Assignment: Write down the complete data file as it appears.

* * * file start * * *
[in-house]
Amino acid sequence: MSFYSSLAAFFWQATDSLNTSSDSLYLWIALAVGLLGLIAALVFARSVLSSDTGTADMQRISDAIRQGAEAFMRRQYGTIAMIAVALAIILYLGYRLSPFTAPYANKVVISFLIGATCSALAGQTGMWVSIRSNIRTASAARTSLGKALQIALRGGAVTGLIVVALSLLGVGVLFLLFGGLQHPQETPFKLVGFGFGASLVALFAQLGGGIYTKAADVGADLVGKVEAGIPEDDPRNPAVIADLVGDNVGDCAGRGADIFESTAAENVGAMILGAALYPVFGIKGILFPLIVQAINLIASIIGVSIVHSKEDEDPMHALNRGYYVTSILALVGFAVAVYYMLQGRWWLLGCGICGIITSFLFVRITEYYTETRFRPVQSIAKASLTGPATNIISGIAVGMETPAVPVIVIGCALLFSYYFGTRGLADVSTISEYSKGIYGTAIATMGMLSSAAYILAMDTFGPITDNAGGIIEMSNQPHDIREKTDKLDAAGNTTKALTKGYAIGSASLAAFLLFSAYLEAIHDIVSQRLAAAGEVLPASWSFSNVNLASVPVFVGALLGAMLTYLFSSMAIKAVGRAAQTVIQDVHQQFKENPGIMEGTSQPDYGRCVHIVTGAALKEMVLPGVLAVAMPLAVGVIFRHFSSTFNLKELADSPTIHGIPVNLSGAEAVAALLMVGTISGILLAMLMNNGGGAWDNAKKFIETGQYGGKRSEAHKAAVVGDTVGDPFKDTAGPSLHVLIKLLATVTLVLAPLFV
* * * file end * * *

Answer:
[in-house]
Amino acid sequence: MSFYSSLAAFFWQATDSLNTSSDSLYLWIALAVGLLGLIAALVFARSVLSSDTGTADMQRISDAIRQGAEAFMRRQYGTIAMIAVALAIILYLGYRLSPFTAPYANKVVISFLIGATCSALAGQTGMWVSIRSNIRTASAARTSLGKALQIALRGGAVTGLIVVALSLLGVGVLFLLFGGLQHPQETPFKLVGFGFGASLVALFAQLGGGIYTKAADVGADLVGKVEAGIPEDDPRNPAVIADLVGDNVGDCAGRGADIFESTAAENVGAMILGAALYPVFGIKGILFPLIVQAINLIASIIGVSIVHSKEDEDPMHALNRGYYVTSILALVGFAVAVYYMLQGRWWLLGCGICGIITSFLFVRITEYYTETRFRPVQSIAKASLTGPATNIISGIAVGMETPAVPVIVIGCALLFSYYFGTRGLADVSTISEYSKGIYGTAIATMGMLSSAAYILAMDTFGPITDNAGGIIEMSNQPHDIREKTDKLDAAGNTTKALTKGYAIGSASLAAFLLFSAYLEAIHDIVSQRLAAAGEVLPASWSFSNVNLASVPVFVGALLGAMLTYLFSSMAIKAVGRAAQTVIQDVHQQFKENPGIMEGTSQPDYGRCVHIVTGAALKEMVLPGVLAVAMPLAVGVIFRHFSSTFNLKELADSPTIHGIPVNLSGAEAVAALLMVGTISGILLAMLMNNGGGAWDNAKKFIETGQYGGKRSEAHKAAVVGDTVGDPFKDTAGPSLHVLIKLLATVTLVLAPLFV